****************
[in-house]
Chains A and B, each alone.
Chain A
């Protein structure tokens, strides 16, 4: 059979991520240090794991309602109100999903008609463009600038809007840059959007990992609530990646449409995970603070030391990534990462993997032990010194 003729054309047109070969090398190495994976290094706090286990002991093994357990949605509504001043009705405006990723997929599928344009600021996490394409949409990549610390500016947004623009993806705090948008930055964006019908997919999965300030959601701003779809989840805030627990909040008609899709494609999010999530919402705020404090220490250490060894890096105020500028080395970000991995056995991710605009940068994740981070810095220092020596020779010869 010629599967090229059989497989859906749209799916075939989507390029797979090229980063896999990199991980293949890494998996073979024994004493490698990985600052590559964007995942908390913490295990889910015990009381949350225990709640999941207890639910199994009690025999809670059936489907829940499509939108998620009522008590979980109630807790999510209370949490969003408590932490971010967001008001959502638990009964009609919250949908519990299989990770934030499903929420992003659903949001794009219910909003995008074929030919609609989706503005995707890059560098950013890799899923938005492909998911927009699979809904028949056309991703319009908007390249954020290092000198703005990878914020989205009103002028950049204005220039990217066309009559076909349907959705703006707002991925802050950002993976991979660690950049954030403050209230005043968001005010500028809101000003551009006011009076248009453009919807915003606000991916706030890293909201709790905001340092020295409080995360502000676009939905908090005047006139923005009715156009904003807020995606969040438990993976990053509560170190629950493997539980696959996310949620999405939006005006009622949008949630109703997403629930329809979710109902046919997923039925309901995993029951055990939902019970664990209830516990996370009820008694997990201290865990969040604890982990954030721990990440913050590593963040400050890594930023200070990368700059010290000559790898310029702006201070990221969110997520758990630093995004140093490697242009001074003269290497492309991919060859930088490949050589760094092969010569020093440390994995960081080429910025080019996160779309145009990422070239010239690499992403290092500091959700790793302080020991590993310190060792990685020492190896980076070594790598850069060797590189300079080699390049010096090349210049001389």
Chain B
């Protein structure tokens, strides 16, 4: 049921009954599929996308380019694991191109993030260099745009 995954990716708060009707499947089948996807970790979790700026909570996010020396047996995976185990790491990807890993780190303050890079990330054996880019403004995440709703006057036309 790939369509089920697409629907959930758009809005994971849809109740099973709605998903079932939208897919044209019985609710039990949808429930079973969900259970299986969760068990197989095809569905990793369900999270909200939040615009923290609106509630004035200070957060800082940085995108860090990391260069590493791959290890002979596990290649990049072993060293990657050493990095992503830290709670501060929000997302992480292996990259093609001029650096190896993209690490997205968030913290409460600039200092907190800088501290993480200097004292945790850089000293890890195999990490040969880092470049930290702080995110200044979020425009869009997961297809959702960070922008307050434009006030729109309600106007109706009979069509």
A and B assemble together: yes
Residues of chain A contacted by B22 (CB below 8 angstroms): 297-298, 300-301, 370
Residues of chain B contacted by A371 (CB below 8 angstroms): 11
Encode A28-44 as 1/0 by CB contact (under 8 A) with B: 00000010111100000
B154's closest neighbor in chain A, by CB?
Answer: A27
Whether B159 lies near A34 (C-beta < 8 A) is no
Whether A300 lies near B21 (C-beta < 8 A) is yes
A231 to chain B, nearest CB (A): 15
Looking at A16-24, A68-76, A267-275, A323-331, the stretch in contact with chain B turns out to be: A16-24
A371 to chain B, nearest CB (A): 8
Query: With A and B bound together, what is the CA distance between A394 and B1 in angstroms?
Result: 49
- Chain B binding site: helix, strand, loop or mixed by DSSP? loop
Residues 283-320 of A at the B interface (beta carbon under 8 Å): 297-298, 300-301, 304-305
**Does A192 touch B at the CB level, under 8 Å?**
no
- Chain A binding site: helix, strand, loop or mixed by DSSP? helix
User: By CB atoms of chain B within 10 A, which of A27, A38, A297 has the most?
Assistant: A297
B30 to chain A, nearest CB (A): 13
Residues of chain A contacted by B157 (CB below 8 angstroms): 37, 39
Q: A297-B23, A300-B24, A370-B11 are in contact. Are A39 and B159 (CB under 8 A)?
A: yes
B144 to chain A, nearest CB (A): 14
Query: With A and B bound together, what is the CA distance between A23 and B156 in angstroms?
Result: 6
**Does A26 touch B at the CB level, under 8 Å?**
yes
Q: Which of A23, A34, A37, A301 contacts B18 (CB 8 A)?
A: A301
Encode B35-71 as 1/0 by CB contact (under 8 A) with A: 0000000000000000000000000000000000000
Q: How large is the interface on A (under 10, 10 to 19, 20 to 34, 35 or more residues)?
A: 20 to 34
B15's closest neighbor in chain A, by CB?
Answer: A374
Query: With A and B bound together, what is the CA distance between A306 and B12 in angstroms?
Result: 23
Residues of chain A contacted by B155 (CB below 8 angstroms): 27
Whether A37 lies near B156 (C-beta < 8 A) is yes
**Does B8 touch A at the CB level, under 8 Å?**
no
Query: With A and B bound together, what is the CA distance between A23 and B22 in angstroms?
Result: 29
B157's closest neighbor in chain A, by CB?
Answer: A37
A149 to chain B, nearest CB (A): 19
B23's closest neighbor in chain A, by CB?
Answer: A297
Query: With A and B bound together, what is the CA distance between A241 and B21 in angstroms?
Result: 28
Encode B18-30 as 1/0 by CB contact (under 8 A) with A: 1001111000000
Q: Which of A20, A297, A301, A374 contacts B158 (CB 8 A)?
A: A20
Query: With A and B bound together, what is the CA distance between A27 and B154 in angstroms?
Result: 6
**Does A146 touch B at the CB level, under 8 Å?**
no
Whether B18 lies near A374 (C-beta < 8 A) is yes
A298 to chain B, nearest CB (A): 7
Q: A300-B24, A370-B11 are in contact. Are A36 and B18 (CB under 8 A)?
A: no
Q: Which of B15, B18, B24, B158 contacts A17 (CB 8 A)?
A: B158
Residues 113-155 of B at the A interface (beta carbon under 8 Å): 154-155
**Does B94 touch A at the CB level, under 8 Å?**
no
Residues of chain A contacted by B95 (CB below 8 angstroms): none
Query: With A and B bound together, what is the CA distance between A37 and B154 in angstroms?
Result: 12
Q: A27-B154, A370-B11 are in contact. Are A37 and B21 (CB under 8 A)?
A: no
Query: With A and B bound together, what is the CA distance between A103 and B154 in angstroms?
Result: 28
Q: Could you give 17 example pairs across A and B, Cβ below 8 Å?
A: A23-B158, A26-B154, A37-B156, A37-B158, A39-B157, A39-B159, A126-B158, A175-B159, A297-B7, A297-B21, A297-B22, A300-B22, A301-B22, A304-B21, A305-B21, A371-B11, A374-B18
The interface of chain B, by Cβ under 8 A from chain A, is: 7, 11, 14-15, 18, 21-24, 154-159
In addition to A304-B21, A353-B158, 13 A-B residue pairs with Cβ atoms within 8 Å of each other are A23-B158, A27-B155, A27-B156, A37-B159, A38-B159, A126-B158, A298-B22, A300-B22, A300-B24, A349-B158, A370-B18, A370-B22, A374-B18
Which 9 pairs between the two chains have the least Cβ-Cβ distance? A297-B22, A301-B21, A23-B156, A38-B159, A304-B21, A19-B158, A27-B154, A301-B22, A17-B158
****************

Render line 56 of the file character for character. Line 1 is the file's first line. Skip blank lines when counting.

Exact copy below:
Query: With A and B bound together, what is the CA distance between A241 and B21 in angstroms?